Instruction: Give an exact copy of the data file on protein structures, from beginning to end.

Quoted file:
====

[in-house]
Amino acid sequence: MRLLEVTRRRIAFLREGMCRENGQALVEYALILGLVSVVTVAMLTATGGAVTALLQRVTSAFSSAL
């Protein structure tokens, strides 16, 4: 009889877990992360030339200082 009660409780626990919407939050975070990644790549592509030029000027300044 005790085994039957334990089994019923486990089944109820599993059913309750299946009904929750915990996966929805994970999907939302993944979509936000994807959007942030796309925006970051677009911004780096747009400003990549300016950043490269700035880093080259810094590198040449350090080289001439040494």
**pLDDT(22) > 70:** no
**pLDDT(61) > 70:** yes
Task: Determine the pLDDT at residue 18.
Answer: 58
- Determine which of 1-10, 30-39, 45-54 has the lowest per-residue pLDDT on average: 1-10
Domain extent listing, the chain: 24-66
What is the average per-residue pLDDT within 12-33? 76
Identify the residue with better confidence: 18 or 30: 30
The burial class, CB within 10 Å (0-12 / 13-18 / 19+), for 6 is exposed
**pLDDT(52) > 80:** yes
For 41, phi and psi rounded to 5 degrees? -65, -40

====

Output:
[in-house]
Amino acid sequence: MRLLEVTRRRIAFLREGMCRENGQALVEYALILGLVSVVTVAMLTATGGAVTALLQRVTSAFSSAL
């Protein structure tokens, strides 16, 4: 009889877990992360030339200082 009660409780626990919407939050975070990644790549592509030029000027300044 005790085994039957334990089994019923486990089944109820599993059913309750299946009904929750915990996966929805994970999907939302993944979509936000994807959007942030796309925006970051677009911004780096747009400003990549300016950043490269700035880093080259810094590198040449350090080289001439040494």
**pLDDT(22) > 70:** no
**pLDDT(61) > 70:** yes
Task: Determine the pLDDT at residue 18.
Answer: 58
- Determine which of 1-10, 30-39, 45-54 has the lowest per-residue pLDDT on average: 1-10
Domain extent listing, the chain: 24-66
What is the average per-residue pLDDT within 12-33? 76
Identify the residue with better confidence: 18 or 30: 30
The burial class, CB within 10 Å (0-12 / 13-18 / 19+), for 6 is exposed
**pLDDT(52) > 80:** yes
For 41, phi and psi rounded to 5 degrees? -65, -40